After the video opens with powerful images of great Black women like Harriet Tubman, Sojurner Truth, Winnie Mandela and Angela Davis, the beat comes in. The groove is based on a funky drumbeat sample of Bahamian percussionist King Erricsons cover of The Doobie Brothers classic, “Listen to the Music.” The heavy fatback funk drumming is supplanted in this case by the prominent mix of King Erricsons hand drums. It creates a very similar effect to another prominent Hip Hop sample, Chuck Brown & the Soul Searcher’s “Ashley’s Roadclip.” Very soon after the drumbeat comes in, we’re hit by the sweet chorus, a female voice crooning “Ooooh/Ladies First/Ladies First”. The next time around another vocal comes in that harmonizes the first. After that sweet refrain, the music intensifies it’s aggressive funk, as a funky bass line comes in, which will repeat its one bar pattern for the song, and the top end is taken care of by a horn sample of five notes playing a syncopated melody. Latifah kicks in the door hard like Big Daddy Kane, “The ladies will kick it/The Rhyming is wicked/Those that don’t know/how to be pros/get evicted/A woman can bear you/break you/take you/Now its time to rhyme/can you relate to?/A sister dope enough to make you/Holler and Scream”, before she turns the mic over to the super fresh London born M.C Monie Love, one of my great crushes of that era! Monie gets on the mic and spits some super fresh, tongue twisting syncopated rhymes ending with “Let me state the position/Ladies first yes?/Yes.” After another short chorus interlude, Monie comes back rapping another verse, which she ends with “we are the ones to give birth/to a new generation of prophets/cause its Ladies First!” Queen Latifah follows her with a “lyrical freestyle” much looser than the tense rhymes of her first verse, and one of my favorite rhymes in the song is her call and response couplet, “Some think that we cant flow. Monie Love: “Cant Flow? Stereotypes they’ve got to go, Monie Love: “Got to go”. The South African Apartheid footage of the video is intersperesed with Latifah in a darkened conference room pushing giant African fist chest pieces off the map, as well as shots of Latifah’s two B-Girl dancers. Latifah and Monie go on to drop fleet lounged rhymes as the video features other female rappers of the day such as BDP’s Miss Melodie, who was KRS ONE’s wife at that time! Latifah ends the song with a freestyle lyric in a very laid back cadence where she speaks of the songs producer, DJ Mark the 45 King wanting her to “sing”, which she would go on to do later in her career in classics like “Just Another Day” and in her career as Dana Owens.

“Ladies First” made an incredible impression on me as a young dude, to see beautiful Black sisters rhyming so competently and invoking both the history of great Black women in America as well as how that connected to the struggles in South Africa. It did something to me to see all those Black people running from the Afrikaner cops in the days of Apartheid. In one of the great ironies of Hip Hop, Latifah’s rhymes were co written by a member of the Flavor Unit named Apache, who went on to have a hit with a song a few years later called “I want to Gangster Boogie with my Gangster Bitch.” That transition in itself pretty much summed up where Hip Hop went after the golden age, with the same MC who penned lyrics for this song penning “Gangster Bitch.” Apache pretty much renounced that part of his career in the later years of his life though. But no matter, I am thankful that Queen Latifah and Monie Love’s “Ladies First” formed a positive, strong attitude about Black women for me in my formative years. I remember my Dad, who was only impressed with Hip Hop when it was weighty or just so funny it could be enjoyed in a disposable way, enjoying this song on that video show back in 1989, and being shocked by its sophisticated potrayal of Black history and the then current struggles in South Africa. And no matter how far I or Hip Hop have strayed, I’m thankful that songs like “Ladies First” provided my foundation in the music and culture, as opposed to the negativity that often came later.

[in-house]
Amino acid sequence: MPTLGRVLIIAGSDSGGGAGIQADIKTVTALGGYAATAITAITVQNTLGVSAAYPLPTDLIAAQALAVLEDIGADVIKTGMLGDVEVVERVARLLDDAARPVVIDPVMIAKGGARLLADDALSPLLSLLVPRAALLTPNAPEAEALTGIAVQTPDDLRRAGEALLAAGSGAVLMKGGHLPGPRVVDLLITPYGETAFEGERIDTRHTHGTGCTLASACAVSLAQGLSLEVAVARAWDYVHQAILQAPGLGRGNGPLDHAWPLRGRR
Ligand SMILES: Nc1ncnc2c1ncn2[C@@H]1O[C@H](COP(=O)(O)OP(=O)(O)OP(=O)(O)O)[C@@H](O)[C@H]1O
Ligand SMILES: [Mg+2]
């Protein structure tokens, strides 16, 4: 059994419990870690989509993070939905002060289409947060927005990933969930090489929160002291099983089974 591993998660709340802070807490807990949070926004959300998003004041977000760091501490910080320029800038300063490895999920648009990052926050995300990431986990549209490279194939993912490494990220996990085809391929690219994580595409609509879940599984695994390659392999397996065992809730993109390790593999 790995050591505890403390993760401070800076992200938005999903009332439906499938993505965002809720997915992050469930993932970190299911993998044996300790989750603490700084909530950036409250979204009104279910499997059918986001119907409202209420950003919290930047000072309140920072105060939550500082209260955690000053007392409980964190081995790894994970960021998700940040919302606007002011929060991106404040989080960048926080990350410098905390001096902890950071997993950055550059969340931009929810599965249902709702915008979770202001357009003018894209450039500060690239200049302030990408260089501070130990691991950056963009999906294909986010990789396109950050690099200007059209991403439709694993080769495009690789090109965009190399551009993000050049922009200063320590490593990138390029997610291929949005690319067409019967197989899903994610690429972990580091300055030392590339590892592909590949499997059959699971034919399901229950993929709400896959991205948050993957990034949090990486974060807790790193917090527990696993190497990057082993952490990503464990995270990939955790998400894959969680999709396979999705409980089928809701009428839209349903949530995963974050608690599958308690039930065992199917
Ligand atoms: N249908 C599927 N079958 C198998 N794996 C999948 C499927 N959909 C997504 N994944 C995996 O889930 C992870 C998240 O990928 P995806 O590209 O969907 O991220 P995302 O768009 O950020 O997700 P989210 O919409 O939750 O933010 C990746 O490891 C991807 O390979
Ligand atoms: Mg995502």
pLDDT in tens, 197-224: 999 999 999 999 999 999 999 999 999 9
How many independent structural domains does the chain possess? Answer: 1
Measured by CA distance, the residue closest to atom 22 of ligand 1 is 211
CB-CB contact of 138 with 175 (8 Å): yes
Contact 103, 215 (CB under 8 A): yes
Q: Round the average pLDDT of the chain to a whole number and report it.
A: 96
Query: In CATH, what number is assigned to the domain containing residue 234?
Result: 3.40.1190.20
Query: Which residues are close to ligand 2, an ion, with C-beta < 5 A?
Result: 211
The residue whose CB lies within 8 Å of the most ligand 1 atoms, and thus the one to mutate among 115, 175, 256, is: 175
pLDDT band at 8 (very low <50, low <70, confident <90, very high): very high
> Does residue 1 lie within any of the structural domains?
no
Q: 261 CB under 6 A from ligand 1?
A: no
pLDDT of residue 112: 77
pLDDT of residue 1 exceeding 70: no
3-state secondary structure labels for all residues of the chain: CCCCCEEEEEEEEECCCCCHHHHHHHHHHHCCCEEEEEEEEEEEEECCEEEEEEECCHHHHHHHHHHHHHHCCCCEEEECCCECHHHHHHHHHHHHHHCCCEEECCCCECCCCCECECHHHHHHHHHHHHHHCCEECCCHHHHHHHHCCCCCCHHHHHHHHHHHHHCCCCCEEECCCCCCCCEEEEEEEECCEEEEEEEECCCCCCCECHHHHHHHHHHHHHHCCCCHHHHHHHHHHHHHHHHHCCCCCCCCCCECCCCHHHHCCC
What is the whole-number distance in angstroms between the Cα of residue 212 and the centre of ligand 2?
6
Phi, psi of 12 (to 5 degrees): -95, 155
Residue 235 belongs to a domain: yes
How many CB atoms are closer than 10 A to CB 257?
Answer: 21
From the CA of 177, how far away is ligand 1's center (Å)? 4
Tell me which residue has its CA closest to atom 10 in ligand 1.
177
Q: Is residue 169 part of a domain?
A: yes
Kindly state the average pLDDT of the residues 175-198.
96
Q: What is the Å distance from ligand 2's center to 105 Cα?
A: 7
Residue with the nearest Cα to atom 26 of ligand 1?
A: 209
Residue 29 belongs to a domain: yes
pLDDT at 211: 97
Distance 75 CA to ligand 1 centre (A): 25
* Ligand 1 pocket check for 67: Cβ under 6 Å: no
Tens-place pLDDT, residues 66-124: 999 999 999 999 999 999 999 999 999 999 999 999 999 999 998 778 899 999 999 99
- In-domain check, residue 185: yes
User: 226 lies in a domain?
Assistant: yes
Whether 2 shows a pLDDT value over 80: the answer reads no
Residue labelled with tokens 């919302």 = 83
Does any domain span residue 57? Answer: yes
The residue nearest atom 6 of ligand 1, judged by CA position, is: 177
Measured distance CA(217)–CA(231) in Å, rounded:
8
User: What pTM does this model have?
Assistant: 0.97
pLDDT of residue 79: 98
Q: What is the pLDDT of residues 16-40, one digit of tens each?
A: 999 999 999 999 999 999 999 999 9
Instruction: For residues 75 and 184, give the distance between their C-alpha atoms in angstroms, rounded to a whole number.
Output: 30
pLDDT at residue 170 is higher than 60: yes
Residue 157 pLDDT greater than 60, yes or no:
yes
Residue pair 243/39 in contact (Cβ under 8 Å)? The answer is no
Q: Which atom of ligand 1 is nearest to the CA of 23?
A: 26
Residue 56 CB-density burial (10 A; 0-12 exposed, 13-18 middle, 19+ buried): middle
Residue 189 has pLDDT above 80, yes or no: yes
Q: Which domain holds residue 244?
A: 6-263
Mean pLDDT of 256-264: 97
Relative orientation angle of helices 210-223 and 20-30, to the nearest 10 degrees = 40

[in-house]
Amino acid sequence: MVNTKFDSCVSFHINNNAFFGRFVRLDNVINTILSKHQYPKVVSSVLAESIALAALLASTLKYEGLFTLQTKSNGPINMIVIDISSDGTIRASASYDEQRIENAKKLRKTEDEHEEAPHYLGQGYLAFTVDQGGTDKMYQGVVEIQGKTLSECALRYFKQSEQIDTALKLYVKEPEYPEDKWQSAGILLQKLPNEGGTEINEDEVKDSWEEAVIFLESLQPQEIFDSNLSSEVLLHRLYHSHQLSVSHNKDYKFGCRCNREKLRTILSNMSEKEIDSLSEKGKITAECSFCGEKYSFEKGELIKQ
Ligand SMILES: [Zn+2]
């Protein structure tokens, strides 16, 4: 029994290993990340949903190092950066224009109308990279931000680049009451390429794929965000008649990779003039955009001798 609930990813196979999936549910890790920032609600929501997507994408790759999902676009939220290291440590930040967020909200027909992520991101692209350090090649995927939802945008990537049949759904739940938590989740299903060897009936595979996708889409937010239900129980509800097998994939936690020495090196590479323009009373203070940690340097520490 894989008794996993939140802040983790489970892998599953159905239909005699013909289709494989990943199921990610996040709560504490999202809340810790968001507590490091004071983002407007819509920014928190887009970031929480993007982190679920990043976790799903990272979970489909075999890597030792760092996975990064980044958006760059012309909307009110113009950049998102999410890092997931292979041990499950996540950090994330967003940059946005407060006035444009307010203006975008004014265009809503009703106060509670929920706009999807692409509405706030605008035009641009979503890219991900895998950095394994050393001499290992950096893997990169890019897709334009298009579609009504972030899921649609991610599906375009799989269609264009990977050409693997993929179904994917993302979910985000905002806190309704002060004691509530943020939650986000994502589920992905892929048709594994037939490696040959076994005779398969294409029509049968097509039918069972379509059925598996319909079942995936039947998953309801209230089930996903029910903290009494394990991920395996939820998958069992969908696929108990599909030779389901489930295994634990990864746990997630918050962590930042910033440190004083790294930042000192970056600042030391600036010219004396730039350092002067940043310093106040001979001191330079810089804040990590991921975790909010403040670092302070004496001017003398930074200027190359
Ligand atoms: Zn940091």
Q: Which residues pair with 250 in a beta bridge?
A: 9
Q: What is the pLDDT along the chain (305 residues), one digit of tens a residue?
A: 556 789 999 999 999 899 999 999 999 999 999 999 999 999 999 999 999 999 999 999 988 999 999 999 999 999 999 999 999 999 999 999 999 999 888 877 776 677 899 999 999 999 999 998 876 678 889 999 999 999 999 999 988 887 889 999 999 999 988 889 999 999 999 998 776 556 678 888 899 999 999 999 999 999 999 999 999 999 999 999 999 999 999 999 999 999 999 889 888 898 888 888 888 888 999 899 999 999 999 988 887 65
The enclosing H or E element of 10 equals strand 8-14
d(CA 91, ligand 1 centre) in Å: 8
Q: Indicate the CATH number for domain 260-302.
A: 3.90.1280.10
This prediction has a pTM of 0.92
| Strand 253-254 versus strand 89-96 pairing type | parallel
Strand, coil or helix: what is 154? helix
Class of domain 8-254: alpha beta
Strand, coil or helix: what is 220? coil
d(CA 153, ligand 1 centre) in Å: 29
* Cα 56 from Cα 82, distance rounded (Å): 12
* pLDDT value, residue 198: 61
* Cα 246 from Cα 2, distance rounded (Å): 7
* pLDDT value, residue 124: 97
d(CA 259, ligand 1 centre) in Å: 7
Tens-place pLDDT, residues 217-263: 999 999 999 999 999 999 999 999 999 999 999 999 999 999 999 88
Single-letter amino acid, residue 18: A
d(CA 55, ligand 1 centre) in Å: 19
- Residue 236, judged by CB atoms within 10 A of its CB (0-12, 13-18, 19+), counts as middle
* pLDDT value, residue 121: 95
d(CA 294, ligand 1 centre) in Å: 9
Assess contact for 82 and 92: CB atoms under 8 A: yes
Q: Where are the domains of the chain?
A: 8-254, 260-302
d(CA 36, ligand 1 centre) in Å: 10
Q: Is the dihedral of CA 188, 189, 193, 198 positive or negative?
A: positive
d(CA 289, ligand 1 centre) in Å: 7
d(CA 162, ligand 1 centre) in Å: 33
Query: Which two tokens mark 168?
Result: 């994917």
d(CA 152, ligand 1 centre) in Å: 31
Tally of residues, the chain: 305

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Filed under A little Hip in your HOP, All That Jazz, FUNK, Music for the Next ONE, Music Matters

Music 4 the Nxt 1 Black History Month I: “March of the Panther” by Mongo Santamaria

Mongo Santamaria is the one of the best artists to talk about during Black History Month because the cultural forces behind his music cover such a large part of the African diaspora. A native of pre Revolutionary Cuba, he learned music in his community based on rhythms that had come directly from Africa. It was said one of his grandfathers had in fact been a Yoruba priest. His composition, “Afro Blue”, was considered to be the first jazz standard based on an African “3 over 2” rhythm, and was popularized by John Coltrane. In the ’60s he moved from a straight Afro Latin jazz to a Boogaloo based melange of Afro Latin rhythms interlaid with the popular sounds of Soul and Funk. One album I grew up with during that period was an album he did called “Soul Bag”, that featured an incredible version of “Cold Sweat.” Today’s Black History Month special is a song from his 1970 LP, “Mongo 70”, entitled “March of the Panther.” This song was composed by guitarist Sonny Henry, who was the composer of Carlos Santana’s breakthrough hit, “Evil Ways”, which he originally recorded with Willie Bobo. “March of the Panther” is a funky, strident, striving number with the electric energy of the Black Panther Party in the late ’60s and early ’70s.